I had a recent show at Sadie Coles, in January. In terms of subject matter, it was centered around the public and the domestic. The solo show that I had before that, at Company Gallery, was titled Fog. For that one, I brought an actual pier into the gallery. It was really exciting for me, because I consider myself a little bit of a Maximalist. That show, Fog, had to do with the relationship with my late father. He died a few months after I was born, in 1989. He served in the Navy in the Korean War. The installation of that body of work was like a lot of my projects: it starts out with something very personal to me, but then in the research part, where the binders and all the stuff come in, I start thinking about other people and their relationships to this idea of masculinity, ideas about soldiers, and things like that.
Thinking pictorially, it was really hard to find information specifically on what gay Black people were doing in the Navy. Even in queer realms, where they're using it as a roleplay or a picture that exists outside of history. There's a lot of information on Black people, definitely, but not specifically gay people. That's always something I'm interested in—trying to open up doors to start a conversation, where maybe other people will come in and be like, "Okay, this is a pool of information that just needs more attention."
I was invited to do a group show with Gio Marconi in November. It's in Milan, and the theme for the show is “Mother Boy,” exploring different relationships between this idea of boy and mother that can be domestic, political, poetic, musical—all kinds of ways to think about that relationship. For my installation there, they're giving me a pretty cool space. There's a window in it, and I'm going to be turning the gallery into part kitchen, part supermarket.
I've done smaller installations with the same theme. This will be my opportunity to fully realize some of the things I wanted to do that I couldn't do at a fair or when I’m sharing a space with another person. The exhibition will include video, painting, drawing, and lots of soft sculpture. I have people who can help me fabricate things to fully get that immersive feeling. So I'm super excited about that one.
I also have an upcoming solo project at Artists Space in New York, which will open in September. The theme is going to circle around barbershops and living rooms, which I'm really excited about, too. As spaces come, barbershops are very unique and full of history. They let me have the whole first floor for that show. I'm always looking for a challenge. That show will have some bigger, large-scale soft sculptures, video, drawing, and painting. I'm going to also be trying out lots of things with printed linoleum. So those are the things that are keeping me pretty occupied this year.
When I think about people encountering my work, I want viewers, no matter what background or walk of life they come from, to be able to see themselves in such a way that they can just love themselves and love their body. Some of the faces in my work, you'll notice, are what I would consider sort of mask-like. I feel like those are a little bit more open, where you could project yourself onto it. There's lots of overlay and transparency, because I am thinking of not only the physical body but the mental body, the emotional body, the spiritual body.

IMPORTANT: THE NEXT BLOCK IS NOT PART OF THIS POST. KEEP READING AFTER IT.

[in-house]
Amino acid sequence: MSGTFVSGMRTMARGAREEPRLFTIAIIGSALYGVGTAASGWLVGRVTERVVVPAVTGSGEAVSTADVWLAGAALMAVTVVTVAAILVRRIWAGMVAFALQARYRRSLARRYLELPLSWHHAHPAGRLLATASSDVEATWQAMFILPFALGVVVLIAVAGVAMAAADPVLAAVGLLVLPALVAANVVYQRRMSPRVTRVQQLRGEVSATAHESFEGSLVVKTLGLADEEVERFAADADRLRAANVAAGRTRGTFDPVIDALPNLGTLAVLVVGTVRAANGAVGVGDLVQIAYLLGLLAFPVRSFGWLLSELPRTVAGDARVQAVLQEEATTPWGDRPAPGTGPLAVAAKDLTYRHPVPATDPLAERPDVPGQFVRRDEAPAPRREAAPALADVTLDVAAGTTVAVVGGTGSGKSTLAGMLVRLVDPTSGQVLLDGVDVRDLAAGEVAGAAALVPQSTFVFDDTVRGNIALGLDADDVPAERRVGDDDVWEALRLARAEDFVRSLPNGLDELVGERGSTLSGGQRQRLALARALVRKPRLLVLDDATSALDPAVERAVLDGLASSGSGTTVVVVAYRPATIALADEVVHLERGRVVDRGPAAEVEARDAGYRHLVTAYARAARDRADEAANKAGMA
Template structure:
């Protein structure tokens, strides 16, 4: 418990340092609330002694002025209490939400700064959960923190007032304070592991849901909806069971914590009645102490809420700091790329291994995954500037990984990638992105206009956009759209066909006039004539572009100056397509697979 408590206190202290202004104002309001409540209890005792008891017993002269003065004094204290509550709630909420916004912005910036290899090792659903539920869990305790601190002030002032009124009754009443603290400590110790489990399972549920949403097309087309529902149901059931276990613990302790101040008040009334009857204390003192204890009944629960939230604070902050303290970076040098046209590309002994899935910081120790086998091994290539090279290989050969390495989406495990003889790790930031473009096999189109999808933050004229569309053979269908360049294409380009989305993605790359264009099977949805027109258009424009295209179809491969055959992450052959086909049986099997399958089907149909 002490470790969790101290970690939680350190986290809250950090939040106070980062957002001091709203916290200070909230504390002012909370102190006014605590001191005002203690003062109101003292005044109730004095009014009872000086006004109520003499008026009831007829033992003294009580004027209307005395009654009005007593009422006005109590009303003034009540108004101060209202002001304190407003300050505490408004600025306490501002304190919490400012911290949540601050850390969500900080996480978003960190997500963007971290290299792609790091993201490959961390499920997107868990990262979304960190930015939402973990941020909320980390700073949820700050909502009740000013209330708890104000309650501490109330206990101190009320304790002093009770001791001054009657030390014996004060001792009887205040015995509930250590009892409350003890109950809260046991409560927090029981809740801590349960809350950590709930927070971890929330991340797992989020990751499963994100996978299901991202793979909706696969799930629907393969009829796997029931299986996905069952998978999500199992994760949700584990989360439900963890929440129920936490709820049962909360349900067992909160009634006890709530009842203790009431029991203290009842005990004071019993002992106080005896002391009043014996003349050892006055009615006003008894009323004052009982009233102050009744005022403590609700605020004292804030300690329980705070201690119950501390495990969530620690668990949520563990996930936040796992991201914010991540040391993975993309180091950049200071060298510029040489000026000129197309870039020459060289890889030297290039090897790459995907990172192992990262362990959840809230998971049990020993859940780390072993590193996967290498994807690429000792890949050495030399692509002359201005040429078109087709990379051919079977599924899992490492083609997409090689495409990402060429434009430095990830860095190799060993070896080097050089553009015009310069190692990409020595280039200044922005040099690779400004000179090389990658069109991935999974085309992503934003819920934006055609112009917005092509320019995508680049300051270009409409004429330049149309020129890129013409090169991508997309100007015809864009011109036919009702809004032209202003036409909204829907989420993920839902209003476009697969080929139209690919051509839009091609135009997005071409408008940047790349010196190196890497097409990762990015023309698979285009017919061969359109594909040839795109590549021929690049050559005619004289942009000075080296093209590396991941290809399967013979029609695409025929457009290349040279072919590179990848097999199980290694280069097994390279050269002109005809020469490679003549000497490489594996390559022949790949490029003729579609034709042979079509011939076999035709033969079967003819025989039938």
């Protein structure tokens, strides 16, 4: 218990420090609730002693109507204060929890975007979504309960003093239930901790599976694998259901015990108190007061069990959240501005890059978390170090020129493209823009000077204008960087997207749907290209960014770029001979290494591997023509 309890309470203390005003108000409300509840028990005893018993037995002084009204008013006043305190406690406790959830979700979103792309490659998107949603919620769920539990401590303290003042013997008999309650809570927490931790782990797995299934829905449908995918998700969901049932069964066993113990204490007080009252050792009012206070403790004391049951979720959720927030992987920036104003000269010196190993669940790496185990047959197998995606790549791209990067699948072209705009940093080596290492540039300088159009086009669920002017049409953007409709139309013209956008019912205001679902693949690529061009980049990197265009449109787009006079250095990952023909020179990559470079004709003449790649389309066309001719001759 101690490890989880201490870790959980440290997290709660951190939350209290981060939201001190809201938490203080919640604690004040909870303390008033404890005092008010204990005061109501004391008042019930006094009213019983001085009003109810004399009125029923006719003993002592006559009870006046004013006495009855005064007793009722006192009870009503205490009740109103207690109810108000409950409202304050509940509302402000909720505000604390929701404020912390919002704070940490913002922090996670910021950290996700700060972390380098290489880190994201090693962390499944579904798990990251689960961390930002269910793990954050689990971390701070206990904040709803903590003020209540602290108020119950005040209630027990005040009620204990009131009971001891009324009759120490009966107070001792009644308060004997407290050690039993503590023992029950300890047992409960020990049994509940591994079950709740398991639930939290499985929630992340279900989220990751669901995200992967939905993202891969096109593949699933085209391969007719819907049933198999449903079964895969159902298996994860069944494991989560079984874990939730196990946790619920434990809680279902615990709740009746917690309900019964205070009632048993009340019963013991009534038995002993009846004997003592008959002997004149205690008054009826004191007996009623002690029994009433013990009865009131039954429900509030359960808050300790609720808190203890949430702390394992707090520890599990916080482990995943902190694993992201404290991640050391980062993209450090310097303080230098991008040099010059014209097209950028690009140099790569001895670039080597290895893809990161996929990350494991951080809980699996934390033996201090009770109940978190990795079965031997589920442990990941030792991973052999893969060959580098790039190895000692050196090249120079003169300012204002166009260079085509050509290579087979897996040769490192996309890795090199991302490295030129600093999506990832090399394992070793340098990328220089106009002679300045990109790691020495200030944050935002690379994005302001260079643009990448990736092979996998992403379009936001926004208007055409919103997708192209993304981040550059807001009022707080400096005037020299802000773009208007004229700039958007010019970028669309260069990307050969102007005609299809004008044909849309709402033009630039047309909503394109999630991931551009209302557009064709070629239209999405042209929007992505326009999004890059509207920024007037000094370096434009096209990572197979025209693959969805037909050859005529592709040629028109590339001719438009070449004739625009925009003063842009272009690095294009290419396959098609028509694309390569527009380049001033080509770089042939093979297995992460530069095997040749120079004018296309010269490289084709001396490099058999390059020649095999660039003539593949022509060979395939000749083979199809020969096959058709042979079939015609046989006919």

I am hoping that people can really interact with the work, to start thinking about slowing down, taking moments of rest as a kind of radical act, loving the body that you're in, especially living in a day and age, visually, where there's so much fraudulent AI stuff happening. I think it's really important to remember that and to just embrace who you are and what you look like. We have all these filters and these things that make people look perfect. I think it's very weird.
And especially, I think we need to see different kinds of queer, Black bodies in a way that centers tenderness and sexuality, especially because of the time that we're living in, where Black and queer bodies are facing violence and erasure in such a heightened kind of clash. I want people to see that you can't just erase this group of people. We're living, and we exist, and there are so many ways to exist in a body. There isn't one way to do that.
I know my work brings lots of joy and happiness to people. And I want to remind people that a part of all of that is also honoring grief, which I also talk about in my work, along with other emotions that we probably associate with being sad or being negative. I don't think any emotion is negative. There’s this idea of toxic positivity, where we only look at what makes us feel happier. I want to remind people, it's all about the human experience, so it's okay to not feel okay. It's okay to feel sad or angry. There are dark parts of our personality. I want people to see it all in totality.